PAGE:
Whats Hot in a Chilly Economy

 
 
By Darryl K. Taft  |  Posted 2008-10-06 Email Print this article Print
 
 
 
 
 
 
 


For his part, David Dennis, senior director of product marketing at GroundWork Open Source, said it will be more critical than ever for IT departments to show that costs related to "keeping the lights on," such as IT monitoring, systems management and infrastructure, are kept as lean as possible, thereby freeing up funds for IT-related activities more directly tied to revenue or bottom-line growth.

Black Duck's Levin said nearly every CEO he has spoken with over the last few weeks has come to these conclusions:

One, this economic and financial distress will continue on for the next two years or longer; two, credit will dry up; three, venture capital will become scarce for Series C and D, and ... the VC are going to let some firms go out of business; four, VC is available for Series A and B investments with very efficient capital utilization models; and five, hanging onto people will become a little easier but recruiting new personnel will become very difficult.

Levin also said he believes that IT budgets in non-Wall Street and related firms and non-credit-sensitive businesses will stay the same or decrease no more than 5 to 10 percent. However, in Wall Street and related firms or credit-sensitive businesses, "there will be significant cutback in the neighborhood of 25 to 35 percent, and possibly more over time," Levin said.

That analysis came from more than one source. Ronald Schmelzer, an analyst with ZapThink, agreed with Levin, noting that IT spending in both financial services and manufacturing will be down, but investment in government, energy and telecommunications IT "is hot right now."

And, looking at the question of what is a particularly hot technology right now, Bob Lozano, chief strategist and founder of agile and scalable application software provider Appistry, said he believes cloud computing will be a great equalizer.

"Everyone is to one degree or another playing on the same field, with the same handicaps ... so the enterprise that can figure out how to outmaneuver their foes will still win, just as they always do-and technology remains a great tool for winning those battles," Lozano said.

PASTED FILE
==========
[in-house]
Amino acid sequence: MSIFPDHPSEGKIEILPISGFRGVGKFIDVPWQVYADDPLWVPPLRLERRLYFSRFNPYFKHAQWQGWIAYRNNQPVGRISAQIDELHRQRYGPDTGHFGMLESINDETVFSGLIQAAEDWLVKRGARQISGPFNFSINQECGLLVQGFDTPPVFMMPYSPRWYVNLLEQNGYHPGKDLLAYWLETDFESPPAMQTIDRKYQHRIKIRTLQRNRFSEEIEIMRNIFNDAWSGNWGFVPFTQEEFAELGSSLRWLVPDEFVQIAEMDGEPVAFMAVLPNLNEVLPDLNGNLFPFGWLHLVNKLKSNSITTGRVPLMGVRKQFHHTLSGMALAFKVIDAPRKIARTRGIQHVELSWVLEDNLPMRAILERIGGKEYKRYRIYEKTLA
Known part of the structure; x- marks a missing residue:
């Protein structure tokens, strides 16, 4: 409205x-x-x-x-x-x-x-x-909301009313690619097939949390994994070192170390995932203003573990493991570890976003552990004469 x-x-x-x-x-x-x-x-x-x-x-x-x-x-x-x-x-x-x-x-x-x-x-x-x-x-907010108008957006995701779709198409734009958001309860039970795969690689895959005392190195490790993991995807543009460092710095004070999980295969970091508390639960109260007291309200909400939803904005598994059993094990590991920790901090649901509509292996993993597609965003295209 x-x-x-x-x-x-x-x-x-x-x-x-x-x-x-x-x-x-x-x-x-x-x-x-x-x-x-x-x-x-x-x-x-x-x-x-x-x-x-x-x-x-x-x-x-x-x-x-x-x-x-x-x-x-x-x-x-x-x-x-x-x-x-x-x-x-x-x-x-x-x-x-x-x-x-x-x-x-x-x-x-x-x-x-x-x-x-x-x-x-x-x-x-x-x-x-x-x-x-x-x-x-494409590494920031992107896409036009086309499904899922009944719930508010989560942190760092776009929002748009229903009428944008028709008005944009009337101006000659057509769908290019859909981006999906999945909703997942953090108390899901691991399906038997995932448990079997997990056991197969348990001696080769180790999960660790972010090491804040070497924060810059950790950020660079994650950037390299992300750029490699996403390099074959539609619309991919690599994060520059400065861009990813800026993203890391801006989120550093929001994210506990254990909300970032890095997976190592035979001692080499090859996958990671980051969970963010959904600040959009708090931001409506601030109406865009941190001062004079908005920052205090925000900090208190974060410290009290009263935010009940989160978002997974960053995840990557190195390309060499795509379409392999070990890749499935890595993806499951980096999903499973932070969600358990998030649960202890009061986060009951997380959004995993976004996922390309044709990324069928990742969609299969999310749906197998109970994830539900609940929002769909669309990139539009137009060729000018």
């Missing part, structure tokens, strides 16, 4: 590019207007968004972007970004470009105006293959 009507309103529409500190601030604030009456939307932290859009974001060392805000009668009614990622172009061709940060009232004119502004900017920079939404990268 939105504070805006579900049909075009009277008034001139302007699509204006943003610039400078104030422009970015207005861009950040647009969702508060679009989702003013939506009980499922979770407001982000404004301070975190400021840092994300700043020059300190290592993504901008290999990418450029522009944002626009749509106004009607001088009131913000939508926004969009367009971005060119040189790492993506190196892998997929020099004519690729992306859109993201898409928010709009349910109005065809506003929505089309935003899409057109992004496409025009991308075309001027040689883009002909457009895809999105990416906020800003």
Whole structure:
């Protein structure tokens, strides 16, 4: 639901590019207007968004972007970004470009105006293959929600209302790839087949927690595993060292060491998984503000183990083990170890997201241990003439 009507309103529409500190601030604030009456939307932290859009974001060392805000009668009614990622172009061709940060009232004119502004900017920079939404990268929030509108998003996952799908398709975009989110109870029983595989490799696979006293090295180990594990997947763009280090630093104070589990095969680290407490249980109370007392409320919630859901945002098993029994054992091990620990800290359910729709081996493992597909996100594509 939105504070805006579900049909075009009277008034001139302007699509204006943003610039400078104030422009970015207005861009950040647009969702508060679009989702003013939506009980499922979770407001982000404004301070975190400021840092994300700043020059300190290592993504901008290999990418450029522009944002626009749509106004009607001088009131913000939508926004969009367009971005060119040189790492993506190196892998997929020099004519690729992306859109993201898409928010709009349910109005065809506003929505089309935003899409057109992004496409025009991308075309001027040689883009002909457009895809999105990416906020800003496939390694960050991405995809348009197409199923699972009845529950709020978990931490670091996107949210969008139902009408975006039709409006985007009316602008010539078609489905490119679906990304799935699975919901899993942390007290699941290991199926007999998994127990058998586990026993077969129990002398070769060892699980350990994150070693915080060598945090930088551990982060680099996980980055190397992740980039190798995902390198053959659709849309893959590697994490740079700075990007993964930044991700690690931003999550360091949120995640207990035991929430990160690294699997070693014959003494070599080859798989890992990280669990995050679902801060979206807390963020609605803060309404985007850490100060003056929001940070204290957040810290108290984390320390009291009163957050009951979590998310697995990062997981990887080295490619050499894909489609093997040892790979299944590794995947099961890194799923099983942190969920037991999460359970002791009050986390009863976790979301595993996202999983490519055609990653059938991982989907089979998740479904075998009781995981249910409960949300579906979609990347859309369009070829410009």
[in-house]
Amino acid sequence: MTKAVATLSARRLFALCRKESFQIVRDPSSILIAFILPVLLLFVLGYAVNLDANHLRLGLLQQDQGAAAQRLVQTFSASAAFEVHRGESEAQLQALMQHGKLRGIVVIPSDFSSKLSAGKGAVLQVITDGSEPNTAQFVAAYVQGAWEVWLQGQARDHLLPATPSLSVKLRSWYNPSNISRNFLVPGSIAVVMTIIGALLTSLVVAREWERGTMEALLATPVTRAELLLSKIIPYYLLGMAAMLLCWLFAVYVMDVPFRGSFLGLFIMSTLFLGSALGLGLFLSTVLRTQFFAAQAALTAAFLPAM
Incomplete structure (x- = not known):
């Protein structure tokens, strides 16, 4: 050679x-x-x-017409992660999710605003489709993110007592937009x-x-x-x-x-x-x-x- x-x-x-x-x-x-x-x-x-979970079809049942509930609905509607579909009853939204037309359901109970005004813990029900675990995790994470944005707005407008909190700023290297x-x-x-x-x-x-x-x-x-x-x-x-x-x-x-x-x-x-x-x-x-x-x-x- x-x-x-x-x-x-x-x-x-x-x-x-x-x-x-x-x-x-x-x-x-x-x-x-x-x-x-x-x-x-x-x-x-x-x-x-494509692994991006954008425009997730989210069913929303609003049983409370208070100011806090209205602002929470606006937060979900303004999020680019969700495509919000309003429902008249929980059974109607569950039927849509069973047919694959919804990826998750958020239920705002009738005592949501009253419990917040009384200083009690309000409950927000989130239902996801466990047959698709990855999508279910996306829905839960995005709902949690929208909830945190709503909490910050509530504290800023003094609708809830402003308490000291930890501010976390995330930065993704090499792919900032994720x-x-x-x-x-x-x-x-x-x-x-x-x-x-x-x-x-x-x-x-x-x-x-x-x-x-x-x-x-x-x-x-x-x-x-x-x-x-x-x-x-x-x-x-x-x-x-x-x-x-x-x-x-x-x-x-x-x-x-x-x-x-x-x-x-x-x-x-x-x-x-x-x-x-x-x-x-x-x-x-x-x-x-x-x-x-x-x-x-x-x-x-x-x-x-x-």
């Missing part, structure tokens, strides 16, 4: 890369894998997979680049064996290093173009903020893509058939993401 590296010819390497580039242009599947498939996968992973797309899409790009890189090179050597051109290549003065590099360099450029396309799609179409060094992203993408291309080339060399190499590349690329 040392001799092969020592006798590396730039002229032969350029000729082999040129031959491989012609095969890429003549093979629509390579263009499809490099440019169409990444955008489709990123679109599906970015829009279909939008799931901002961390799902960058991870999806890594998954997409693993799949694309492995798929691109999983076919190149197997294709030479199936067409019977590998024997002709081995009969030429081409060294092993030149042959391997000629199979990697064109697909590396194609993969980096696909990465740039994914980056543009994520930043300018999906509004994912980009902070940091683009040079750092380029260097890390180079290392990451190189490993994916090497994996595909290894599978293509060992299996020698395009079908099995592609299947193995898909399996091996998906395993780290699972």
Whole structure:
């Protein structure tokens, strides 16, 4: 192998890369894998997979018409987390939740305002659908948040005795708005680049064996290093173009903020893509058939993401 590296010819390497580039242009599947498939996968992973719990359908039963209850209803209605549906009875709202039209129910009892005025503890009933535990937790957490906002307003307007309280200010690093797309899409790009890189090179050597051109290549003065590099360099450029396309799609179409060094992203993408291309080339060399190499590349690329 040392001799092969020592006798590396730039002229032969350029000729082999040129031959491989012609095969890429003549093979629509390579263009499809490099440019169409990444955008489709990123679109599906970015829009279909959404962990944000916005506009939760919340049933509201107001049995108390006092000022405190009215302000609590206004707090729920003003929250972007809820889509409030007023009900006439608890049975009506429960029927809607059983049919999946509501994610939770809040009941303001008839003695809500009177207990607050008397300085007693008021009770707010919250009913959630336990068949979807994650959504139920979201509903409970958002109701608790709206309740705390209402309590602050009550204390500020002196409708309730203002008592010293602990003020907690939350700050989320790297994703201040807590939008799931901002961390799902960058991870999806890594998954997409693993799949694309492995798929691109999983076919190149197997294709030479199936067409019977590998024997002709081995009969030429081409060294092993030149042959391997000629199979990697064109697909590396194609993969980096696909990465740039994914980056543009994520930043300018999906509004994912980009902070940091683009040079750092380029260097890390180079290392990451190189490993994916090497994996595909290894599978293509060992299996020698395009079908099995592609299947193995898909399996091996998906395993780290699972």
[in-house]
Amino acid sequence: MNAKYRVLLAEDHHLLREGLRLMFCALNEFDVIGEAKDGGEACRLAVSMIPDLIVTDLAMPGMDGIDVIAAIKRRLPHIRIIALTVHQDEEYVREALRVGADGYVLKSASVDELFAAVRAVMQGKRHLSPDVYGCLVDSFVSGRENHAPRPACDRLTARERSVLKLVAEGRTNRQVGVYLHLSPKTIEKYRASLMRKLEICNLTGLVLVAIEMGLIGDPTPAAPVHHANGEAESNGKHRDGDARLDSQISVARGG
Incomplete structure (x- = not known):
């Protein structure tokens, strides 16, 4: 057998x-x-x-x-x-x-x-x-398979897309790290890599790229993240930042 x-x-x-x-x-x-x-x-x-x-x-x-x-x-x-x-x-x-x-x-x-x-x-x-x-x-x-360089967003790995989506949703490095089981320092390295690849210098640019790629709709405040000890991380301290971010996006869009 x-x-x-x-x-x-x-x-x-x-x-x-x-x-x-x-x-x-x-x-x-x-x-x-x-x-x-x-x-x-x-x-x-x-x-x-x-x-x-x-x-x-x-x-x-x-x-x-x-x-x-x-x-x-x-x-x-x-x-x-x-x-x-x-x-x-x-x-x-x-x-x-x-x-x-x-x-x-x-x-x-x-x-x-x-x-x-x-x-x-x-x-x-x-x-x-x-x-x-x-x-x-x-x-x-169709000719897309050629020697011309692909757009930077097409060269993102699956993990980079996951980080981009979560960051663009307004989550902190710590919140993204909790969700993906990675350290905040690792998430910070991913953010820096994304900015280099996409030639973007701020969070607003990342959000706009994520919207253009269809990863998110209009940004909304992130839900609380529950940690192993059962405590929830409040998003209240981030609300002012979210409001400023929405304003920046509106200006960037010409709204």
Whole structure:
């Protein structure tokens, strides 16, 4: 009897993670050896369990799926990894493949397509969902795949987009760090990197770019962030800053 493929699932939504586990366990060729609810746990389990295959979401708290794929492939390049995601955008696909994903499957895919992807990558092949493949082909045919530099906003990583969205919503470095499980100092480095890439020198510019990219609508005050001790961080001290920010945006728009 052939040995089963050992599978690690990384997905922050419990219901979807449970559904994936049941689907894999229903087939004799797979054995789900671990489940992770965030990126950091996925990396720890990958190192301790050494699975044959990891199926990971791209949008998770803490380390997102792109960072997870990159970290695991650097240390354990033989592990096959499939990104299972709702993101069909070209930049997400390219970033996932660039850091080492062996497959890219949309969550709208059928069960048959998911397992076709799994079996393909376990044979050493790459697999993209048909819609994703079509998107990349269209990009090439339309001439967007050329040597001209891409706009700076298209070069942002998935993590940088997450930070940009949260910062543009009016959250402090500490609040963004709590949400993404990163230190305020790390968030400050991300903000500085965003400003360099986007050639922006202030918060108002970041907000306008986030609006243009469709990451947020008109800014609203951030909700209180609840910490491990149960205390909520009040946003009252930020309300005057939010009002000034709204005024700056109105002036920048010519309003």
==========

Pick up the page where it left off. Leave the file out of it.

He added that he believes flexibility is the single largest benefit of the move to cloud computing. That includes "the flexibility to scale up or down and flexibility to diversify, even the flexibility to grow in small increments," he said. "This is true for both public and private clouds. Flexibility is the perfect antidote to uncertainty, and I think will ... drive the adoption of cloud computing during these times."

However, Lozano warned that "everyone wants to avoid any sense of lock-in, of unnecessary dependency on any one cloud provider." He suggested that Appistry is the perfect antidote to lock-in. "By choosing to cloud-enable applications with Appistry, an enterprise can ensure a consistent level of flexibility, scale and reliability across all cloud deployment options, both public and private," he said.

Still, despite the varied opinions of those who are or aren't involved in specialty, dynamic language or fancy Web framework development, the financial crisis is enough to scare the devil out of a lot of folks. Nobody has a crystal ball-certainly not myself. I simply wanted to present some of the thoughts of people I tend to run into on my beat because they give me something to think about. I was hoping others out there might join in.

What are your thoughts about the plight of developers in a down economy?



 
 
 
 
Darryl K. Taft covers the development tools and developer-related issues beat from his office in Baltimore. He has more than 10 years of experience in the business and is always looking for the next scoop. Taft is a member of the Association for Computing Machinery (ACM) and was named 'one of the most active middleware reporters in the world' by The Middleware Co. He also has his own card in the 'Who's Who in Enterprise Java' deck.
 
 
 
 
 
 
 

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